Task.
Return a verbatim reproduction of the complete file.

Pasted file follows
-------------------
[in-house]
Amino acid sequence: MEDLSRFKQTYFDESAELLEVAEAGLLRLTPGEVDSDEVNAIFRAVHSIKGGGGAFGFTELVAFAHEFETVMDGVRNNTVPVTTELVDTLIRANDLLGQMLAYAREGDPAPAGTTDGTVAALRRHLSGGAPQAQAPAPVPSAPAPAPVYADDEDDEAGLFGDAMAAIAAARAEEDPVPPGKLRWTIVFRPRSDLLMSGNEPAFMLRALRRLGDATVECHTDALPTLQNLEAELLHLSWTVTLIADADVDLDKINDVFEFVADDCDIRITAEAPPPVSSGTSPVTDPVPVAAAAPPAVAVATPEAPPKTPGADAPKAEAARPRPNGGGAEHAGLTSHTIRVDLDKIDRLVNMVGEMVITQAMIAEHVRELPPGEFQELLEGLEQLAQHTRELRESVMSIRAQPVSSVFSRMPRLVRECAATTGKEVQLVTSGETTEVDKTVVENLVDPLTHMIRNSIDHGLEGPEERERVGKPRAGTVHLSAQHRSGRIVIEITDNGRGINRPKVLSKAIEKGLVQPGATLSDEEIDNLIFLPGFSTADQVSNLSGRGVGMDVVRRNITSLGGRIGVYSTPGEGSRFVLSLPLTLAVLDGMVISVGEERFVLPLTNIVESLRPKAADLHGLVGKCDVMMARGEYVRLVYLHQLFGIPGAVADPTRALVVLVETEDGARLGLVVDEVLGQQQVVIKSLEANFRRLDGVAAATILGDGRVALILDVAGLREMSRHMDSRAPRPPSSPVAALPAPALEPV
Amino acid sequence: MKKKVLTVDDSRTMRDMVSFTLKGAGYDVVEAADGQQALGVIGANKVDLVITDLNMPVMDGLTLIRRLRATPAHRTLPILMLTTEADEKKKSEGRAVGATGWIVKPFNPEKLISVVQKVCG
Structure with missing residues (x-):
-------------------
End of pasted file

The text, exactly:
[in-house]
Amino acid sequence: MEDLSRFKQTYFDESAELLEVAEAGLLRLTPGEVDSDEVNAIFRAVHSIKGGGGAFGFTELVAFAHEFETVMDGVRNNTVPVTTELVDTLIRANDLLGQMLAYAREGDPAPAGTTDGTVAALRRHLSGGAPQAQAPAPVPSAPAPAPVYADDEDDEAGLFGDAMAAIAAARAEEDPVPPGKLRWTIVFRPRSDLLMSGNEPAFMLRALRRLGDATVECHTDALPTLQNLEAELLHLSWTVTLIADADVDLDKINDVFEFVADDCDIRITAEAPPPVSSGTSPVTDPVPVAAAAPPAVAVATPEAPPKTPGADAPKAEAARPRPNGGGAEHAGLTSHTIRVDLDKIDRLVNMVGEMVITQAMIAEHVRELPPGEFQELLEGLEQLAQHTRELRESVMSIRAQPVSSVFSRMPRLVRECAATTGKEVQLVTSGETTEVDKTVVENLVDPLTHMIRNSIDHGLEGPEERERVGKPRAGTVHLSAQHRSGRIVIEITDNGRGINRPKVLSKAIEKGLVQPGATLSDEEIDNLIFLPGFSTADQVSNLSGRGVGMDVVRRNITSLGGRIGVYSTPGEGSRFVLSLPLTLAVLDGMVISVGEERFVLPLTNIVESLRPKAADLHGLVGKCDVMMARGEYVRLVYLHQLFGIPGAVADPTRALVVLVETEDGARLGLVVDEVLGQQQVVIKSLEANFRRLDGVAAATILGDGRVALILDVAGLREMSRHMDSRAPRPPSSPVAALPAPALEPV
Amino acid sequence: MKKKVLTVDDSRTMRDMVSFTLKGAGYDVVEAADGQQALGVIGANKVDLVITDLNMPVMDGLTLIRRLRATPAHRTLPILMLTTEADEKKKSEGRAVGATGWIVKPFNPEKLISVVQKVCG
Structure with missing residues (x-):